Remember, like most plans it doesn’t have to be over complicated; it’s up to you as a business leader to determine what you need to include to commence with.  Remember, plans are always changing; and it should be considered a ‘living and breathing document”.

Simple Guide to Creating your own Marketing Plan


At the start of any marketing strategy plan, it’s important to establish objectives for your business. This will provide a clear focus for the rest of the plan and help keep everyone on the same page when it comes to planning activities and determining success.

Your objectives should be measurable and achievable within a certain period of time. They should also take into account long-term goals as well as short-term objectives that will help move the business forward in the right direction.

Here are some examples of common objectives:

1. Increase brand awareness in key target markets
2. Increase conversion rates across channels
3. Increase customer loyalty
4. Develop innovative content strategies
5. Embrace new technology opportunities
6. Achieve double-digit sales growth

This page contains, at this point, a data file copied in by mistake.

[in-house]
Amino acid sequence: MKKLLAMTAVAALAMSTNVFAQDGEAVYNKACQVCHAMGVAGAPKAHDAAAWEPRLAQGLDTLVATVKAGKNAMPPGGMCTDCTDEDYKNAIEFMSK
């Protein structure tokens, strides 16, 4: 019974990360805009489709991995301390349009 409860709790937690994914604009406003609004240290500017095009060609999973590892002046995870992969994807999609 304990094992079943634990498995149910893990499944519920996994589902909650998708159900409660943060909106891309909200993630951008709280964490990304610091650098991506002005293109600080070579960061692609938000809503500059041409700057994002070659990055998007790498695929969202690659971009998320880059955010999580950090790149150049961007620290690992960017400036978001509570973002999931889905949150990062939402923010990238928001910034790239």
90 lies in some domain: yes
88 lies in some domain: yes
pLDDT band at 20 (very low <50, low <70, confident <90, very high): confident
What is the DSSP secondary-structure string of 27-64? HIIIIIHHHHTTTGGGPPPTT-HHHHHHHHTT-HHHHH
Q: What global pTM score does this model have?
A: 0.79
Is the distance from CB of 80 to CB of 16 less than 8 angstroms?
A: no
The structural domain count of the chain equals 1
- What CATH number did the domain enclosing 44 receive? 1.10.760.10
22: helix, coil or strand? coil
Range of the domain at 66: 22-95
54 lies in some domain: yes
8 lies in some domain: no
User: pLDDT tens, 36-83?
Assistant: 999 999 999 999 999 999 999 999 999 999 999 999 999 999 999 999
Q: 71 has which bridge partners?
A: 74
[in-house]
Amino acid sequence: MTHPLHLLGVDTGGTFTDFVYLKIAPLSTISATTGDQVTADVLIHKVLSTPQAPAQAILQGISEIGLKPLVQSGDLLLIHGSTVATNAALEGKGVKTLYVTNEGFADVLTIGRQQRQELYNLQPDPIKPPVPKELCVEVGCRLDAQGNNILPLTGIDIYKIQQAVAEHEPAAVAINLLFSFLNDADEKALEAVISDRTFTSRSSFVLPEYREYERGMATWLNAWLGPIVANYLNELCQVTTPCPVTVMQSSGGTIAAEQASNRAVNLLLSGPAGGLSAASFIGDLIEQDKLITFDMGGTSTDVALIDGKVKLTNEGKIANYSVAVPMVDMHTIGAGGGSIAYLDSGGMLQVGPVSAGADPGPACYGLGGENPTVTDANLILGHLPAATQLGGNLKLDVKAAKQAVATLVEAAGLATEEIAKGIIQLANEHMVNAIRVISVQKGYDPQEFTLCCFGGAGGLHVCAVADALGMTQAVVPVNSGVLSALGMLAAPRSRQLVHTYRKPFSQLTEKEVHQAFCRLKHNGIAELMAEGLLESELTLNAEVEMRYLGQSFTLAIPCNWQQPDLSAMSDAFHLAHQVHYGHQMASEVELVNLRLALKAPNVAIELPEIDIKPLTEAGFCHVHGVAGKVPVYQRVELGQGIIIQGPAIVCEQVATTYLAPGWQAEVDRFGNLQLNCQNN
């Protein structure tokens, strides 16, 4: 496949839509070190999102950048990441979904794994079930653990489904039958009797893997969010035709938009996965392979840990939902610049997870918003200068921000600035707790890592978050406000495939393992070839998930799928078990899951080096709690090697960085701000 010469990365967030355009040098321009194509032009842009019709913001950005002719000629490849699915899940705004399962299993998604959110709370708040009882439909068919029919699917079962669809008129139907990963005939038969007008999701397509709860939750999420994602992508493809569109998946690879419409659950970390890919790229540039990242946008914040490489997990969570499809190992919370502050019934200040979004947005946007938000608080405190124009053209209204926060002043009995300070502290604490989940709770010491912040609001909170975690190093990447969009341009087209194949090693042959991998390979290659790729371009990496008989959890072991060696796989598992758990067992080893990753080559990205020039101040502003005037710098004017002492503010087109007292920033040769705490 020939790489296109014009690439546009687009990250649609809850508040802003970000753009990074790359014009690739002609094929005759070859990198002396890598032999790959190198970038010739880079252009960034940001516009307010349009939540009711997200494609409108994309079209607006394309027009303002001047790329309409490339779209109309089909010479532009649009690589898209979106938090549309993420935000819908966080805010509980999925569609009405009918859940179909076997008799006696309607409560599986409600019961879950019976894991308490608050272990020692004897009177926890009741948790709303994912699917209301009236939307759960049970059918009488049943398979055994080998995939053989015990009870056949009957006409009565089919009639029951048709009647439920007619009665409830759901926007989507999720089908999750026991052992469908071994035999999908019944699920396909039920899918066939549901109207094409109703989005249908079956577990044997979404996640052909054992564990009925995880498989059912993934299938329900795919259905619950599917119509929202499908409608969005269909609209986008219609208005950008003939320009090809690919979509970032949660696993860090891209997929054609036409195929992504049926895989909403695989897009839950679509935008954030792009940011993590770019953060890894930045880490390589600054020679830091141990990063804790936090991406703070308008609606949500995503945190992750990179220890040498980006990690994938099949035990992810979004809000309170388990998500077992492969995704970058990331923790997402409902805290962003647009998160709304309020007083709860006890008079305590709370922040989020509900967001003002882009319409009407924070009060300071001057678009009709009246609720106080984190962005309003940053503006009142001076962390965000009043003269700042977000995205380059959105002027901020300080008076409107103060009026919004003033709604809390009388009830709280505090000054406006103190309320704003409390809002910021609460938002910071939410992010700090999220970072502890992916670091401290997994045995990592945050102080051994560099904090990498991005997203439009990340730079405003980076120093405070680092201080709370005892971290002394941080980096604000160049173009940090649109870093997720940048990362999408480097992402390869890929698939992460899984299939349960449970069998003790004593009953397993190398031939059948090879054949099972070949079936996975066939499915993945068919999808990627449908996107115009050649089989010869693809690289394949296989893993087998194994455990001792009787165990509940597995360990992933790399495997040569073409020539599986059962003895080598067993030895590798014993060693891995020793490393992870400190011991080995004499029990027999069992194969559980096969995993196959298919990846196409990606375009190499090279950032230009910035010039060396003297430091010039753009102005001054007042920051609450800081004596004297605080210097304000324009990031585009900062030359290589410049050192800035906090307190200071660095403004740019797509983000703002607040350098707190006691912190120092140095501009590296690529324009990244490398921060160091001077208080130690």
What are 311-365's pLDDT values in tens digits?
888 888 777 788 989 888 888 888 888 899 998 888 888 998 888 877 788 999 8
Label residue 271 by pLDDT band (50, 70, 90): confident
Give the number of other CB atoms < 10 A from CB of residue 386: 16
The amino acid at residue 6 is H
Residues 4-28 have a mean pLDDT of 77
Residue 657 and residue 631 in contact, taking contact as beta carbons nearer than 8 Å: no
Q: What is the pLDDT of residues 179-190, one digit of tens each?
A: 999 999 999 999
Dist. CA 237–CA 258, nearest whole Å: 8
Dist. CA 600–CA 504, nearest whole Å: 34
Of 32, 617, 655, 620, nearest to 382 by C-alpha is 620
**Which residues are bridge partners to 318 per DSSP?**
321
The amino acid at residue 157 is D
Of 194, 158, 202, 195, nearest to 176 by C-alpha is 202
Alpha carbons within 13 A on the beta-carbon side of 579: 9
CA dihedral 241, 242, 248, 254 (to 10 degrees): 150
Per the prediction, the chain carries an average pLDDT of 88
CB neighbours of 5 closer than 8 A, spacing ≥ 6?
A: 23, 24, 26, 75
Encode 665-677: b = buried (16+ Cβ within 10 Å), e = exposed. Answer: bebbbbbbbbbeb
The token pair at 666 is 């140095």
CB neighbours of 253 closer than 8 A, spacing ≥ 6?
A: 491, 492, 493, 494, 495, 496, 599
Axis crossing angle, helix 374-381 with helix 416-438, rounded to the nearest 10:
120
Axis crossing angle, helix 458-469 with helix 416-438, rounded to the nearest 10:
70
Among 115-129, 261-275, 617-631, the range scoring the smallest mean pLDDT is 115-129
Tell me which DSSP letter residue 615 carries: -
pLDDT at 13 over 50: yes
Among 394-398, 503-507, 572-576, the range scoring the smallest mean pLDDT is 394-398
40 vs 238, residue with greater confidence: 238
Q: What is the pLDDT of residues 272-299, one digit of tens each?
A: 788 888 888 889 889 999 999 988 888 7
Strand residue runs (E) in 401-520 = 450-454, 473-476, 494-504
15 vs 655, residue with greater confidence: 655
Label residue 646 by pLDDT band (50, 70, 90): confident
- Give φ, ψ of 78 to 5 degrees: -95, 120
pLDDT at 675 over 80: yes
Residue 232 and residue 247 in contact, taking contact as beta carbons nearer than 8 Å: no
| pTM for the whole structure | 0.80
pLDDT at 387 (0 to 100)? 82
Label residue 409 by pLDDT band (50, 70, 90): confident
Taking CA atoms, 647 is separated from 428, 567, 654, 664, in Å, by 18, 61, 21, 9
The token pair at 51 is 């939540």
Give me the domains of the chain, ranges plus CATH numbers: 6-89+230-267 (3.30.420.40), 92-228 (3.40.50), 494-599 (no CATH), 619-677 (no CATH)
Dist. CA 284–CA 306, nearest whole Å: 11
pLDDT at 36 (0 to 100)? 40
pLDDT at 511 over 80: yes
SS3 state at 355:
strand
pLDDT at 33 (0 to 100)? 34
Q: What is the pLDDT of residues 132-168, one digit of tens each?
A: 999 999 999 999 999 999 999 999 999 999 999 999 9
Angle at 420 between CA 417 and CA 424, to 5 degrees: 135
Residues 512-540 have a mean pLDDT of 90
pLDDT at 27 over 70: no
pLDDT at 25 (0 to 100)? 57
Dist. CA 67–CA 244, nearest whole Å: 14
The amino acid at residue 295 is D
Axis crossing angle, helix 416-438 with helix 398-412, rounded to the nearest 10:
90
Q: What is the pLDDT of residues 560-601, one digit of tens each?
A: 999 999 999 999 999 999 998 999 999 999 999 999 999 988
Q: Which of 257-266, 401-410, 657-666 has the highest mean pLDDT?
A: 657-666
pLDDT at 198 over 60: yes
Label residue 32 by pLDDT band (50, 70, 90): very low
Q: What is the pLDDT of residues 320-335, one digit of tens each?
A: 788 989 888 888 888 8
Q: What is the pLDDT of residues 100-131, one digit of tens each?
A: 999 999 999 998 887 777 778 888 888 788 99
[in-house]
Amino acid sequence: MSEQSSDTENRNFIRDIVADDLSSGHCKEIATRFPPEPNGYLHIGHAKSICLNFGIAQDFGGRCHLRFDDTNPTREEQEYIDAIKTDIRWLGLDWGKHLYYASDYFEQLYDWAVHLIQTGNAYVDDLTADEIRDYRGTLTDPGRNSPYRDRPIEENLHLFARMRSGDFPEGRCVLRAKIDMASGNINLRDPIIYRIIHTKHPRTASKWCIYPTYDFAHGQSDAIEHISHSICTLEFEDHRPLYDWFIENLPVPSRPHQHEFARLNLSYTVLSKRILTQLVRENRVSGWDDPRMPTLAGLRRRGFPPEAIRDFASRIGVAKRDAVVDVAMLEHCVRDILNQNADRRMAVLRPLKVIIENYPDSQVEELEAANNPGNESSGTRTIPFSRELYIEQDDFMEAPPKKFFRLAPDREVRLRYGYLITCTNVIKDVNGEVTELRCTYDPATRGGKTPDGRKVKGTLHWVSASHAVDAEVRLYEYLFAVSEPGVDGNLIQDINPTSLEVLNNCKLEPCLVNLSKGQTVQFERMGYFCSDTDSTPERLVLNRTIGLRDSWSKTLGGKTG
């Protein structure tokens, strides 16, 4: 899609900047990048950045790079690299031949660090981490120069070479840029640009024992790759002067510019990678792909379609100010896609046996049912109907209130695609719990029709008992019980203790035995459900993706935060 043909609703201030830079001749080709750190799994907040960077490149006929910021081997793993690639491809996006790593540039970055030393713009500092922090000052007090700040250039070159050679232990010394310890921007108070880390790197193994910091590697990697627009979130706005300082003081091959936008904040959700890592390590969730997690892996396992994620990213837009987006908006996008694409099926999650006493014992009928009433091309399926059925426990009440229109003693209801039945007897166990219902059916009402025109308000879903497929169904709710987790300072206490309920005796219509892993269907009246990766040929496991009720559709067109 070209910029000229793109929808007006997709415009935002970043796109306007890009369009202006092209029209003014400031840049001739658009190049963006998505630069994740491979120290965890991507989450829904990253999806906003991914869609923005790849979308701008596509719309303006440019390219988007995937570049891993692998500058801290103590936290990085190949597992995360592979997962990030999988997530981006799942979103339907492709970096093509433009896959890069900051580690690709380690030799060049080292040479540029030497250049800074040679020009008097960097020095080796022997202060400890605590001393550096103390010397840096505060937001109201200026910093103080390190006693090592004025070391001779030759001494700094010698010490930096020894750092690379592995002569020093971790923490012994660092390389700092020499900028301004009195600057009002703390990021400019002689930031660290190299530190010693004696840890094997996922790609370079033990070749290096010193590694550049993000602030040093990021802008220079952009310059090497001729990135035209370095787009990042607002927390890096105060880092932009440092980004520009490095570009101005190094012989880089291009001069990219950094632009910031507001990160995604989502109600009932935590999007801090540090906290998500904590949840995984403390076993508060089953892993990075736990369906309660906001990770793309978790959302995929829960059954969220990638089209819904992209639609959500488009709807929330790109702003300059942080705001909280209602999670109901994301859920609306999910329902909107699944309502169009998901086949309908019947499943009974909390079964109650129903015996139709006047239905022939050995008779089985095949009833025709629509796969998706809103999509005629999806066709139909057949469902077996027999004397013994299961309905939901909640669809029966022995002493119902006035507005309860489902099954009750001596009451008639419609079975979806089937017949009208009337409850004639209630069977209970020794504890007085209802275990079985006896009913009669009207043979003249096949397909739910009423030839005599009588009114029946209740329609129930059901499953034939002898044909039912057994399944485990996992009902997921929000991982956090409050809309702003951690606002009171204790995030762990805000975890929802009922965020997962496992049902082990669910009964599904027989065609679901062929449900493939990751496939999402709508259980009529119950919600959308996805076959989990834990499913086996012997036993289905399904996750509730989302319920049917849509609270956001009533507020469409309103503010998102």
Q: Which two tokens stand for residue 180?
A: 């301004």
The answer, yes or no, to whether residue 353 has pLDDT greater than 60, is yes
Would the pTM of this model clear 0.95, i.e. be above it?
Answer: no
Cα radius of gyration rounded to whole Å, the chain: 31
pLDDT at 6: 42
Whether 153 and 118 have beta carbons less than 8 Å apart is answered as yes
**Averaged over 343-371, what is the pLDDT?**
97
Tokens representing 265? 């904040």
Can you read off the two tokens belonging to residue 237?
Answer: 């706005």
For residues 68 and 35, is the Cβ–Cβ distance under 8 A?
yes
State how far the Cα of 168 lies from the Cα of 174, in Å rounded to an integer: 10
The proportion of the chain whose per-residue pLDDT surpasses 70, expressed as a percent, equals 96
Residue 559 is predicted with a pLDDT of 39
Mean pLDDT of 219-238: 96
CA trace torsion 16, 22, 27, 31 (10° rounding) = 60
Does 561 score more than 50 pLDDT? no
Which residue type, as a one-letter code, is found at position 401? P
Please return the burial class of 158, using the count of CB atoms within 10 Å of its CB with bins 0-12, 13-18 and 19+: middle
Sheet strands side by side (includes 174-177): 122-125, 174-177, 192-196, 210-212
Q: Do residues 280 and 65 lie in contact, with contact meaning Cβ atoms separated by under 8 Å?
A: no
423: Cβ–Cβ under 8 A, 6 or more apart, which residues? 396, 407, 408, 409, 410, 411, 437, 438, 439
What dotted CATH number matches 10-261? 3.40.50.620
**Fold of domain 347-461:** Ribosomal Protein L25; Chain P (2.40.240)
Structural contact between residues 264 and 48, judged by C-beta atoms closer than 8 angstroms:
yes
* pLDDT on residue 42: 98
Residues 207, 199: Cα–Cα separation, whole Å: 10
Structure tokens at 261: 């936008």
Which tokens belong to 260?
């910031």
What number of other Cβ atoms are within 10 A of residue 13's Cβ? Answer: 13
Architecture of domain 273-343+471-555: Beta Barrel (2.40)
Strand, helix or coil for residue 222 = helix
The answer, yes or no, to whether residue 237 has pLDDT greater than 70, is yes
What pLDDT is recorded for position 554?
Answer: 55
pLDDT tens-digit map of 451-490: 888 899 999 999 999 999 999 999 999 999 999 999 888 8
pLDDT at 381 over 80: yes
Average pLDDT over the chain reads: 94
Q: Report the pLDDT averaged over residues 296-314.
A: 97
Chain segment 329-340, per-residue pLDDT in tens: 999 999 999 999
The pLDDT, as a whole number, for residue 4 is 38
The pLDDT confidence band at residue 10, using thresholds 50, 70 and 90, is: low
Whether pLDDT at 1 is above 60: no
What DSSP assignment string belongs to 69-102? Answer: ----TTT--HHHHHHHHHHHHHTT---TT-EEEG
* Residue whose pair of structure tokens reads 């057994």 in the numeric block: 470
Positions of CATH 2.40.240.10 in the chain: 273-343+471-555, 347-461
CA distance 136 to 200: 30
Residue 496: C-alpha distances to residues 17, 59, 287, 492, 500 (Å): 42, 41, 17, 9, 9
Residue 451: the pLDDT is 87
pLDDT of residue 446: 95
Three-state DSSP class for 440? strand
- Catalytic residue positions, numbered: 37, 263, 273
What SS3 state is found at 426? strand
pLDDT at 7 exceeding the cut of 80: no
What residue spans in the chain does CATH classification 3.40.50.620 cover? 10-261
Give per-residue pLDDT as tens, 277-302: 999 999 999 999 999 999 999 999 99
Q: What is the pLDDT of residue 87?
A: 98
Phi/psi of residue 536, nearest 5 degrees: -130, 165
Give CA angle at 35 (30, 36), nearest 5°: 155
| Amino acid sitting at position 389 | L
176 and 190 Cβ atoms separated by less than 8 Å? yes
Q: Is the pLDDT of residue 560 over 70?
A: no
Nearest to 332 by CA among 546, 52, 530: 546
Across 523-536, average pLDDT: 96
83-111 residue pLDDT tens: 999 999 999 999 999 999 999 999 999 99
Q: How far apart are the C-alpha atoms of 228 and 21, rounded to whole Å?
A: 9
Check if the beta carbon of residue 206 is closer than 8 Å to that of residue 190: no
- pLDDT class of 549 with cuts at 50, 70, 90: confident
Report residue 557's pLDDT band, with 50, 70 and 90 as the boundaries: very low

Demographics & Target Market

To successfully reach your target audience, it’s important to first understand who they are and how they interact with your brand. By defining their demographic information such as age, gender, income level, location and interests, you can better tailor your message and maximize its impact.

You should also determine the size of your target market so that you know how much effort or investment is needed to reach them effectively. Additionally, consider identifying any sub-groups within your target market that may require special attention or unique messaging techniques.

Marketing campaigns and goals

Include a section in your marketing strategy covering setting measurable goals and outline marketing campaigns being undertaken measurable goals.

Examples of goals could include statements such as:

1. Increase website traffic by 25% within the next 6 months.
2. Increase social media followers by 30% within the next 12 months.
3. Increase brand awareness by 50% within the next 18 months.

Document what marketing campaigns will be undertaken as part of this strategy such as:

1. Search engine optimization (SEO) campaign to help drive organic traffic to our website.
2. Paid search and social media campaigns to target and engage our target audience.
3. Content marketing and email campaigns to keep our target audience informed and engaged.

To commence with, keep things as simple and achievable as possible and within your own organization financial and capabilities means.

Budget & Timelines